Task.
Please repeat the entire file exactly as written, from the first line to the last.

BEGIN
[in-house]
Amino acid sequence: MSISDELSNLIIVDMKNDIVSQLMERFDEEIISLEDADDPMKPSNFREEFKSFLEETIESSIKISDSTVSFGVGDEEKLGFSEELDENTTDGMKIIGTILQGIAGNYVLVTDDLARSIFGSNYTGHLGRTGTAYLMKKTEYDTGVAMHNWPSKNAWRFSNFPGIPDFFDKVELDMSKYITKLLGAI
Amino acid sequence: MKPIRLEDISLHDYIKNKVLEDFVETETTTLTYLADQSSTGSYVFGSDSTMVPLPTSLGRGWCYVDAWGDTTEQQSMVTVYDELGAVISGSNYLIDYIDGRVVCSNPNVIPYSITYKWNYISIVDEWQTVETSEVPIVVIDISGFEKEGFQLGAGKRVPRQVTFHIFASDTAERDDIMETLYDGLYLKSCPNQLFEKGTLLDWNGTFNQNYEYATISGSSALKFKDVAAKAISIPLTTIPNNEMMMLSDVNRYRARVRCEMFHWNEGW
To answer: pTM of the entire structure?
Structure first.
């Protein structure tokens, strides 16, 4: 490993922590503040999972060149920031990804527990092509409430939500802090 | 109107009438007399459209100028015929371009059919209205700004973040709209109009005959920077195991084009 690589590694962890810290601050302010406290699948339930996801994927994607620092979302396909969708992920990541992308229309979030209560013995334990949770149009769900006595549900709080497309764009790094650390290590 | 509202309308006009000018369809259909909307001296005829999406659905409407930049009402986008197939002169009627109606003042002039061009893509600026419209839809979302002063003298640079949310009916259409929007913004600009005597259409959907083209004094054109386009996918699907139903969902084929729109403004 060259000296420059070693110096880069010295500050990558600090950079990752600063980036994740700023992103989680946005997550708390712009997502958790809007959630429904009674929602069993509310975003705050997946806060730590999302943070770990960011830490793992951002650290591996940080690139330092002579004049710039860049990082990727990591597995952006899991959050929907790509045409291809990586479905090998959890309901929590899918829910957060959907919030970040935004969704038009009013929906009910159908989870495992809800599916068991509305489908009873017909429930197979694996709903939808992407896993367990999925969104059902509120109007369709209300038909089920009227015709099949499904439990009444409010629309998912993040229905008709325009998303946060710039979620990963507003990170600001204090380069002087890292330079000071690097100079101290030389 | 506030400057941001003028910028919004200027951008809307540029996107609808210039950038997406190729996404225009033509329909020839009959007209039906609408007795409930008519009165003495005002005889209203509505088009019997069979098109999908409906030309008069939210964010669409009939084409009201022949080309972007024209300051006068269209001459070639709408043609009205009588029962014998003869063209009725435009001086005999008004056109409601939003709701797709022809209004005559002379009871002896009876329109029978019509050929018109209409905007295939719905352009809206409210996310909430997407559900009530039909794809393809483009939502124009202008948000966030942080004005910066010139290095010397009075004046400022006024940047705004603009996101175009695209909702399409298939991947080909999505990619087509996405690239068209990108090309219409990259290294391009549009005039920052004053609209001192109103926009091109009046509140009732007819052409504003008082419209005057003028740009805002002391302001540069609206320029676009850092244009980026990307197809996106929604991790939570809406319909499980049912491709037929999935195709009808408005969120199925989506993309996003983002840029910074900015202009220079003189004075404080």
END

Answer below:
[in-house]
Amino acid sequence: MSISDELSNLIIVDMKNDIVSQLMERFDEEIISLEDADDPMKPSNFREEFKSFLEETIESSIKISDSTVSFGVGDEEKLGFSEELDENTTDGMKIIGTILQGIAGNYVLVTDDLARSIFGSNYTGHLGRTGTAYLMKKTEYDTGVAMHNWPSKNAWRFSNFPGIPDFFDKVELDMSKYITKLLGAI
Amino acid sequence: MKPIRLEDISLHDYIKNKVLEDFVETETTTLTYLADQSSTGSYVFGSDSTMVPLPTSLGRGWCYVDAWGDTTEQQSMVTVYDELGAVISGSNYLIDYIDGRVVCSNPNVIPYSITYKWNYISIVDEWQTVETSEVPIVVIDISGFEKEGFQLGAGKRVPRQVTFHIFASDTAERDDIMETLYDGLYLKSCPNQLFEKGTLLDWNGTFNQNYEYATISGSSALKFKDVAAKAISIPLTTIPNNEMMMLSDVNRYRARVRCEMFHWNEGW
To answer: pTM of the entire structure?
Structure first.
């Protein structure tokens, strides 16, 4: 490993922590503040999972060149920031990804527990092509409430939500802090 | 109107009438007399459209100028015929371009059919209205700004973040709209109009005959920077195991084009 690589590694962890810290601050302010406290699948339930996801994927994607620092979302396909969708992920990541992308229309979030209560013995334990949770149009769900006595549900709080497309764009790094650390290590 | 509202309308006009000018369809259909909307001296005829999406659905409407930049009402986008197939002169009627109606003042002039061009893509600026419209839809979302002063003298640079949310009916259409929007913004600009005597259409959907083209004094054109386009996918699907139903969902084929729109403004 060259000296420059070693110096880069010295500050990558600090950079990752600063980036994740700023992103989680946005997550708390712009997502958790809007959630429904009674929602069993509310975003705050997946806060730590999302943070770990960011830490793992951002650290591996940080690139330092002579004049710039860049990082990727990591597995952006899991959050929907790509045409291809990586479905090998959890309901929590899918829910957060959907919030970040935004969704038009009013929906009910159908989870495992809800599916068991509305489908009873017909429930197979694996709903939808992407896993367990999925969104059902509120109007369709209300038909089920009227015709099949499904439990009444409010629309998912993040229905008709325009998303946060710039979620990963507003990170600001204090380069002087890292330079000071690097100079101290030389 | 506030400057941001003028910028919004200027951008809307540029996107609808210039950038997406190729996404225009033509329909020839009959007209039906609408007795409930008519009165003495005002005889209203509505088009019997069979098109999908409906030309008069939210964010669409009939084409009201022949080309972007024209300051006068269209001459070639709408043609009205009588029962014998003869063209009725435009001086005999008004056109409601939003709701797709022809209004005559002379009871002896009876329109029978019509050929018109209409905007295939719905352009809206409210996310909430997407559900009530039909794809393809483009939502124009202008948000966030942080004005910066010139290095010397009075004046400022006024940047705004603009996101175009695209909702399409298939991947080909999505990619087509996405690239068209990108090309219409990259290294391009549009005039920052004053609209001192109103926009091109009046509140009732007819052409504003008082419209005057003028740009805002002391302001540069609206320029676009850092244009980026990307197809996106929604991790939570809406319909499980049912491709037929999935195709009808408005969120199925989506993309996003983002840029910074900015202009220079003189004075404080």